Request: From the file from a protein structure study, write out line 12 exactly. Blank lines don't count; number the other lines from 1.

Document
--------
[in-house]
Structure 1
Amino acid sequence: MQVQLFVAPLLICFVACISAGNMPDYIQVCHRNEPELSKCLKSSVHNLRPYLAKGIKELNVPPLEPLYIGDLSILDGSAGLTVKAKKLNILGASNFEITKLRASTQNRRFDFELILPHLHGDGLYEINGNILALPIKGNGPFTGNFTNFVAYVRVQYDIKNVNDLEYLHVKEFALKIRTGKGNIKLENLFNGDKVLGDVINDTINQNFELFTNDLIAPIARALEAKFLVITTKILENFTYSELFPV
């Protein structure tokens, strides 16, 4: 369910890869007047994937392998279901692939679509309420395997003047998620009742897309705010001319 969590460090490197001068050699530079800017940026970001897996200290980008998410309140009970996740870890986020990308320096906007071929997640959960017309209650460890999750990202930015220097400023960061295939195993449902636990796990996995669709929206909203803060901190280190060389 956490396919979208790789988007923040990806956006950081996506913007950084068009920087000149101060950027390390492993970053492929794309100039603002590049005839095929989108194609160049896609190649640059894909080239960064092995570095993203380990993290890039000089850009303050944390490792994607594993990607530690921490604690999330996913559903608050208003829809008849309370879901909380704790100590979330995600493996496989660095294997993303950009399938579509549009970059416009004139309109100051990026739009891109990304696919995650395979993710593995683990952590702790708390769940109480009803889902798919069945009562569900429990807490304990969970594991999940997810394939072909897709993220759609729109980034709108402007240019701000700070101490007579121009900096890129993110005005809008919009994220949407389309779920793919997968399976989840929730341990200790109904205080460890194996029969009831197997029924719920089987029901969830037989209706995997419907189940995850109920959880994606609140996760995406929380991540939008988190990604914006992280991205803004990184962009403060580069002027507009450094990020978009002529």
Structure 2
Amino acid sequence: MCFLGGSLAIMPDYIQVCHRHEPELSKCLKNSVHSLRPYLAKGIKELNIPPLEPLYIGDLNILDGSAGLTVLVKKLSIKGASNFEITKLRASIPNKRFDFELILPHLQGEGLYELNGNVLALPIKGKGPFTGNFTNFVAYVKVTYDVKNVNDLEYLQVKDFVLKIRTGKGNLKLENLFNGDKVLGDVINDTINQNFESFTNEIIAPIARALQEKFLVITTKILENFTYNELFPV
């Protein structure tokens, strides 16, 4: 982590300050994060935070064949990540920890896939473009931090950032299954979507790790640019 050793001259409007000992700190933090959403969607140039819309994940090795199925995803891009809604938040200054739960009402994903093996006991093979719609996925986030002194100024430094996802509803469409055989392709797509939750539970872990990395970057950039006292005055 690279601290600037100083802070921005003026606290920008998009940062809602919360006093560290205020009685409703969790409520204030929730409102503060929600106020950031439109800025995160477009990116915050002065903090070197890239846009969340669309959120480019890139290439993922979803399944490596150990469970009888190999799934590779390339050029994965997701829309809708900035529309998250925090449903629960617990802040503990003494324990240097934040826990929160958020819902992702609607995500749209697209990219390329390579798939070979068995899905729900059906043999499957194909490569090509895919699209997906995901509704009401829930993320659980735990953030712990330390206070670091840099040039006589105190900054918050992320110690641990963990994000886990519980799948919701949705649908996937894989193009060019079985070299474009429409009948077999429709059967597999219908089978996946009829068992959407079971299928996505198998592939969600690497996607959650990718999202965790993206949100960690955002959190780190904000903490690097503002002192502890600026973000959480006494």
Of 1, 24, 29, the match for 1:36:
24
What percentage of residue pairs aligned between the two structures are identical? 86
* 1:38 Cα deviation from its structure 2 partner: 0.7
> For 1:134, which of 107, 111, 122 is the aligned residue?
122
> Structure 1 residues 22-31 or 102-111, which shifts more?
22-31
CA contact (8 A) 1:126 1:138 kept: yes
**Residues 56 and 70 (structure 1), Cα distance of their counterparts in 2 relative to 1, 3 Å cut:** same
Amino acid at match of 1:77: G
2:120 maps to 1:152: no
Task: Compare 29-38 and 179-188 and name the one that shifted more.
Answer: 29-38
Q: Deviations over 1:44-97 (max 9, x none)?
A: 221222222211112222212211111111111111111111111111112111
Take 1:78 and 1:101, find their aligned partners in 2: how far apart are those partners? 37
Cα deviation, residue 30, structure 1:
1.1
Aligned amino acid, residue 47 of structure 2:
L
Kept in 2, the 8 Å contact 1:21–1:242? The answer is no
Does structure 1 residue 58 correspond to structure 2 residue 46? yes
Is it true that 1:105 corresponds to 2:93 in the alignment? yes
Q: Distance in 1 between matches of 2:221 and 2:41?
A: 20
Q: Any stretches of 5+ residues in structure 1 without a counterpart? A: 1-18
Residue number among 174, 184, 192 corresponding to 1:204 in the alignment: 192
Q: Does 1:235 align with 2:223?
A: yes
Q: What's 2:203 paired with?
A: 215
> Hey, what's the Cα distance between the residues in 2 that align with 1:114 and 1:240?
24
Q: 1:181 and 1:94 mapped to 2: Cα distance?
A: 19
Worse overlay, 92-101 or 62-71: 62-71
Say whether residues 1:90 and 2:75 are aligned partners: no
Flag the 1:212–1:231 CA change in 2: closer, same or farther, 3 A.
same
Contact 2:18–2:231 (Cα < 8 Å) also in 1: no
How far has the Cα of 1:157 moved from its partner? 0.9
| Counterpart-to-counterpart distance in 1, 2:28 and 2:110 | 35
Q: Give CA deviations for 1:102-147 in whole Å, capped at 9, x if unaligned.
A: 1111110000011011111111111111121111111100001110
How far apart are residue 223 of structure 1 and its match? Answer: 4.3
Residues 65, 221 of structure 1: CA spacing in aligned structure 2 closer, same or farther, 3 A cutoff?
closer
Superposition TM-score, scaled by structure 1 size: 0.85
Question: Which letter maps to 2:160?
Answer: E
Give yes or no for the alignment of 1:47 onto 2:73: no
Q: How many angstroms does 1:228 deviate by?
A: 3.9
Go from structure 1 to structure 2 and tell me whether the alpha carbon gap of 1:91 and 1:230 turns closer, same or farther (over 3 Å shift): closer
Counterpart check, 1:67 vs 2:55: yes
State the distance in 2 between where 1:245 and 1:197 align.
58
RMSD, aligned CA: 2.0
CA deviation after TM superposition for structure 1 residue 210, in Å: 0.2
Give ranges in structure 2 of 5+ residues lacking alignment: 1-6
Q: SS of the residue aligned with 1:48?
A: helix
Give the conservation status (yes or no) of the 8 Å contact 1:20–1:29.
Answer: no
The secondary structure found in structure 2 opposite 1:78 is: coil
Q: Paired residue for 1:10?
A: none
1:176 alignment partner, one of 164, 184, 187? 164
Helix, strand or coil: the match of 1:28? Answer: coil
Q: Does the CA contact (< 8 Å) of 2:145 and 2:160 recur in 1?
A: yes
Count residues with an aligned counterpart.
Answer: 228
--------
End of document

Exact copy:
> For 1:134, which of 107, 111, 122 is the aligned residue?